Home What's the difference between `tf.random_normal` and `tf.random_normal_initializer`?
Reply: 2

What's the difference between `tf.random_normal` and `tf.random_normal_initializer`?

imhuay
1#
imhuay Published in 2018-01-10 07:03:44Z

Using the two functions seems to get the same result.

t4 = tf.get_variable('t4', initializer=tf.random_normal((2,), seed=0))
t5 = tf.get_variable('t5', shape=(2,), initializer=tf.random_normal_initializer(seed=0))

And I find inside the random_normal_initializer() also use the random_normal().

I indistinctly realize the difference between them. The random_normal will return a constant tensor, but the random_normal_initializer will return value after init.

I want to know more about how to use of these two functions at the right time.

Does it use random_normal to init a variable will actually init twice(after init the variable)? In other words, if there performance problems between them.

Maxim
2#
Maxim Reply to 2018-01-10 17:53:48Z

tf.random_normal returns a tensor of the specified shape filled with random normal values. In addition, it creates a number of under-the-hood ops to compute the value:

random_normal/shape
random_normal/mean
random_normal/stddev
random_normal/RandomStandardNormal
random_normal/mul

At runtime, consecutive evaluations of this tensor produce a new value, but not other nodes are added.


tf.random_normal_initializer is an Initializer instance, which invokes tf.random_normal upon calling. So there is no big difference between tf.random_normal_initializer and tf.random_normal. Even if you call the init twice, neither of those will add new nodes to the graph. But both add 6 additional nodes in compilation.


Another alternative (that may be even more efficient in some cases) is initialization with numpy.random.normal array, like this:

t1 = tf.Variable(name='t1', initial_value=np.random.normal(size=(2,)))

This way no random_normal nodes are added to the graph, neither in compilation or in runtime.

UPD: tensorflow adds the const op .../initial_value in this case and the whole numpy array is going to be present in the graph, which may be a problem if the array is large.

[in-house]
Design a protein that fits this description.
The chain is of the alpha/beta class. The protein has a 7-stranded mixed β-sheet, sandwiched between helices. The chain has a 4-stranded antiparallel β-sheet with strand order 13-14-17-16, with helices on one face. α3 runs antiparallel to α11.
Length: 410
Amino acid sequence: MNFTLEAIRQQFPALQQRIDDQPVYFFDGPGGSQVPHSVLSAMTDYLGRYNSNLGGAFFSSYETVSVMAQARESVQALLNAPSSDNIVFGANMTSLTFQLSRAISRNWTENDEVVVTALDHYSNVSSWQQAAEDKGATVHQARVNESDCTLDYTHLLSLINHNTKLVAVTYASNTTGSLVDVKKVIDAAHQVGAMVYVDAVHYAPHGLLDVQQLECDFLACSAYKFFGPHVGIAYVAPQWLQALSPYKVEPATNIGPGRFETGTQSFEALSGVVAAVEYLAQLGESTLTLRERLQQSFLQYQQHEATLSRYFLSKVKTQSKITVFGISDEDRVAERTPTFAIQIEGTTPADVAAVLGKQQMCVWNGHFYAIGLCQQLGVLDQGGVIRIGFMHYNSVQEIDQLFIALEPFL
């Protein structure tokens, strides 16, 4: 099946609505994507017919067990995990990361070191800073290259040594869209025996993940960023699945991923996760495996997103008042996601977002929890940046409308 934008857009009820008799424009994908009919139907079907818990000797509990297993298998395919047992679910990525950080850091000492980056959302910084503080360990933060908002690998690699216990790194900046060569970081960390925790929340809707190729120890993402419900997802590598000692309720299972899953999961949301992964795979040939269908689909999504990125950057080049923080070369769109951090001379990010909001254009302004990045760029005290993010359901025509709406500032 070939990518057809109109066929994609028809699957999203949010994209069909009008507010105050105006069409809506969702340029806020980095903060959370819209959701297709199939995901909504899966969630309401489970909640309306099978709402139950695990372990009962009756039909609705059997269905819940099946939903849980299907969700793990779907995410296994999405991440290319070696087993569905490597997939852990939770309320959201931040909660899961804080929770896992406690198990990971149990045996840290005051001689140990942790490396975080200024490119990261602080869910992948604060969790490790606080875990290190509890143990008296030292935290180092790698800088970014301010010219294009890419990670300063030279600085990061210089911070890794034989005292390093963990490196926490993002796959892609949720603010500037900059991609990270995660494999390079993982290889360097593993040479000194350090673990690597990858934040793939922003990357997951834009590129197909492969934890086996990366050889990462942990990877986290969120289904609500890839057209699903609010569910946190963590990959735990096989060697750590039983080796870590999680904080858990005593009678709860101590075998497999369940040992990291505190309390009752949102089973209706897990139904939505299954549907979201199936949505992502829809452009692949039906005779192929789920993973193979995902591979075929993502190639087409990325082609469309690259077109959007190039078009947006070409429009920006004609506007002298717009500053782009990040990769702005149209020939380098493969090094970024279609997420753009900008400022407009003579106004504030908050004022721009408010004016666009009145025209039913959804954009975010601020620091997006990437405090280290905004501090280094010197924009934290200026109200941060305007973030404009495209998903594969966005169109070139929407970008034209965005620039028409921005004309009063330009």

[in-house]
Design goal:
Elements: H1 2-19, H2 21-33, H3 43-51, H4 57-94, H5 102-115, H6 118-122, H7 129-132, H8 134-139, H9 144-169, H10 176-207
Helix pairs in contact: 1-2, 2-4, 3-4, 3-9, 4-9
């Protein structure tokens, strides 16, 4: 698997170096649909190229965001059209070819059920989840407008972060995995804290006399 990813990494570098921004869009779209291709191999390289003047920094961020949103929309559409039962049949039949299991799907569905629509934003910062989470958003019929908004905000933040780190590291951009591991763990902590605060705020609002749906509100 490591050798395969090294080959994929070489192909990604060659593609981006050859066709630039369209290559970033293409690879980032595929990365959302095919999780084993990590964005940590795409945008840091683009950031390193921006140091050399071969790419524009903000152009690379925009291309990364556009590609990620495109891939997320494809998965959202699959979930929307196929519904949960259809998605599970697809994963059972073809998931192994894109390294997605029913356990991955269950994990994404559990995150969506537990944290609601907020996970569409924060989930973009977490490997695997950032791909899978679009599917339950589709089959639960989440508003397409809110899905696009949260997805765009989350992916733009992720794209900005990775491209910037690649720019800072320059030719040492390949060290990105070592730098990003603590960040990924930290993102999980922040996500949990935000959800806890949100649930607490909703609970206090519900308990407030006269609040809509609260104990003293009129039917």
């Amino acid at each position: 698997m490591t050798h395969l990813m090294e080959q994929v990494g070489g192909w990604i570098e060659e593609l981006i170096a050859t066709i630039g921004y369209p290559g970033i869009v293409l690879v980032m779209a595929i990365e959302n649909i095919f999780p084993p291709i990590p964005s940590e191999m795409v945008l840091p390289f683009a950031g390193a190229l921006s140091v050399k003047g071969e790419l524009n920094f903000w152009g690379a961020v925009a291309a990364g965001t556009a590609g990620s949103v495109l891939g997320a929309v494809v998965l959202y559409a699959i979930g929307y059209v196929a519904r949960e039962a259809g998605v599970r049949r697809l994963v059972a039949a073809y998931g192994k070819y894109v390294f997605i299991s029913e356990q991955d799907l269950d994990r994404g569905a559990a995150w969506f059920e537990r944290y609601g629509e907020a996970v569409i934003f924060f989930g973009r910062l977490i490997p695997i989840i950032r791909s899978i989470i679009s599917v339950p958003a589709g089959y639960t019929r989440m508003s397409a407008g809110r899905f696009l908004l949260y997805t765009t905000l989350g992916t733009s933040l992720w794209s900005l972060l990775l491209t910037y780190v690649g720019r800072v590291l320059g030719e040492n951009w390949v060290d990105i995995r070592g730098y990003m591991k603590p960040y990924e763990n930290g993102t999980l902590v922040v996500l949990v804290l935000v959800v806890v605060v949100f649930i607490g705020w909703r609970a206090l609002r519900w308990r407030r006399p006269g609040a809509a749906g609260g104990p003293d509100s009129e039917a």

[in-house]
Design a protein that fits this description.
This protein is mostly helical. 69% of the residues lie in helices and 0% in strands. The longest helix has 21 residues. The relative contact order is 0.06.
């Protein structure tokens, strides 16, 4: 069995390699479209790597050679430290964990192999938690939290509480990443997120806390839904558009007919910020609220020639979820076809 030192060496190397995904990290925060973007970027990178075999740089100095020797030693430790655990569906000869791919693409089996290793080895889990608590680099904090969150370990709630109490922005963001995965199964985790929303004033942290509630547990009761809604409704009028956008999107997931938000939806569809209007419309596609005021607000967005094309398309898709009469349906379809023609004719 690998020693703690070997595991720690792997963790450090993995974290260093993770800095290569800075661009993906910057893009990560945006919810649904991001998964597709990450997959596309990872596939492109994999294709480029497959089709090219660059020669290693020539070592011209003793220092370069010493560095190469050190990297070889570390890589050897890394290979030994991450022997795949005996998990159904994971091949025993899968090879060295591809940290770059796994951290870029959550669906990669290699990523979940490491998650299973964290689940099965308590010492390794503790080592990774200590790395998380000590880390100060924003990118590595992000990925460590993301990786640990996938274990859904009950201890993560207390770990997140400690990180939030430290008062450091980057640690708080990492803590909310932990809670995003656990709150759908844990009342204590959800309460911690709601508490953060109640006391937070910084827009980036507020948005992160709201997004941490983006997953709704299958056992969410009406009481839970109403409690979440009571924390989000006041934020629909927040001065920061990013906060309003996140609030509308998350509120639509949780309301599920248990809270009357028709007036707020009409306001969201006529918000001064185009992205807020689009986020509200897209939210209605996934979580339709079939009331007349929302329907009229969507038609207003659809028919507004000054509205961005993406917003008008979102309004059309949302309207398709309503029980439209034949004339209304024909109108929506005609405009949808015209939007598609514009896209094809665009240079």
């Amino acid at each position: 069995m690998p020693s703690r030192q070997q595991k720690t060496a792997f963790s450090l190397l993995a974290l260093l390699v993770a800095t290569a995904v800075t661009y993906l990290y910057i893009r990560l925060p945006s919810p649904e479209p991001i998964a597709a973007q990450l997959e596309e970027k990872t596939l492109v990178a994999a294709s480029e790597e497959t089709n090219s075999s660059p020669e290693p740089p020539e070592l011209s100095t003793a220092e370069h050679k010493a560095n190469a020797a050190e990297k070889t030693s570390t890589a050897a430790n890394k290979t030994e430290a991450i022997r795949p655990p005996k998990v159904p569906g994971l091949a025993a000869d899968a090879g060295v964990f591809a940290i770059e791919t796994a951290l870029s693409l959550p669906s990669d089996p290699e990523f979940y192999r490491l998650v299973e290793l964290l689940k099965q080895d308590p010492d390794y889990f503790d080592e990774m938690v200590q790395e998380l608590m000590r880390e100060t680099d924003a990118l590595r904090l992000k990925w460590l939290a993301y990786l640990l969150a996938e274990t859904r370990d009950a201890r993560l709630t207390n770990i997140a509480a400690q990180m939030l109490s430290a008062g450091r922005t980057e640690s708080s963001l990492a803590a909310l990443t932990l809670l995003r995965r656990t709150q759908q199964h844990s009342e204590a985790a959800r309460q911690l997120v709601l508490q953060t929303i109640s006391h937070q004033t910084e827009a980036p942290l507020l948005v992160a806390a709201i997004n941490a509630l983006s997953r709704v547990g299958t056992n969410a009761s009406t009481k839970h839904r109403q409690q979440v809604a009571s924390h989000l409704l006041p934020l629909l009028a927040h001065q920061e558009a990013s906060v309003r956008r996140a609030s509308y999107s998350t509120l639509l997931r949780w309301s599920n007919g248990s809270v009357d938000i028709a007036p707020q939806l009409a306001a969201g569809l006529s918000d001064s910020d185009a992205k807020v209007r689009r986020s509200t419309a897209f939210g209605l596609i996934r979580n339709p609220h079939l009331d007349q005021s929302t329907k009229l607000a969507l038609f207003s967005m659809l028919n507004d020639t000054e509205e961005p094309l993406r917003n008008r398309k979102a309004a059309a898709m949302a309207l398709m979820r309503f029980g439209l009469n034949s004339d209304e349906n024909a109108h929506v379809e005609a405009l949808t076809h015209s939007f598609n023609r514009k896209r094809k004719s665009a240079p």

muskrat
3#
muskrat Reply to 2018-01-10 21:21:02Z

Maxim's answer to this question is excellent, but I want to answer a slightly more simple question (with a few examples) that the OP might be asking:

Most basic answer: tf.random_normal is a Tensor; buttf.random_normal_initializer is a RandomNormal, not a Tensor. I think simple code best clarifies the difference between these two:

# Simple examples to clarify tf.random_normal from tf.random_normal_initializer
tf.reset_default_graph()
# OP's code
t4 = tf.get_variable('t4', initializer=tf.random_normal((2,), seed=0))
t5 = tf.get_variable('t5', shape=(2,), initializer=tf.random_normal_initializer(seed=0))
# clarifying Tensor vs Initializer outside the context of get_variable.
t6 = tf.random_normal((2,),seed=0)
t7 = tf.random_normal_initializer(seed=0)
# types
print(type(t6)) # <class 'tensorflow.python.framework.ops.Tensor'>
print(type(t7)) # <class 'tensorflow.python.ops.init_ops.RandomNormal'>
# run the graph...
with tf.Session() as sess:
    sess.run(tf.global_variables_initializer())
    # OP's code
    print(sess.run(t4)) #[-0.39915761  2.10443926]
    print(sess.run(t5)) #[-0.39915761  2.10443926]
    # tf.random_normal is a Tensor
    print(sess.run(t6)) #[-0.39915761  2.10443926]
    # tf.random_normal_initializer returns a tf.RandomNormal, not a Tensor or Op, so can't be sess.run()!
    try:
        print(sess.run(t7)) # Exception!
    except:
        print("Exception!")
    # But notice that you don't need to initialize an initializer, just a variable.
    t8 = tf.random_normal_initializer(seed=0)
    t9 = tf.get_variable('t9',shape=(2,), initializer=t8)
    sess.run(t9.initializer)  # still need to initialize the variable
    print(sess.run(t9)) #[-0.39915761  2.10443926]

In your setting: Now, as far as the code you are calling goes, there is no real difference; the initializer keyword is overloaded to accept both and will behave as Maxim indicates. From the tf/ops/variable_scope docs:

if initializer is None:
          init, initializing_from_value = self._get_default_initializer(
              name=name, shape=shape, dtype=dtype)
          if initializing_from_value:
            init_shape = None
          else:
            init_shape = var_shape
        elif callable(initializer):
          init = initializer
          init_shape = var_shape
        elif isinstance(initializer, ops.Tensor):
          init = array_ops.slice(initializer, var_offset, var_shape)
          # Use the dtype of the given tensor.
          dtype = init.dtype.base_dtype
          init_shape = None
        else:
          init = ops.convert_to_tensor(initializer, dtype=dtype)
          init = array_ops.slice(init, var_offset, var_shape)
          init_shape = None
You need to login account before you can post.

About| Privacy statement| Terms of Service| Advertising| Contact us| Help| Sitemap|
Processed in 0.308265 second(s) , Gzip On .

© 2016 Powered by mzan.com design MATCHINFO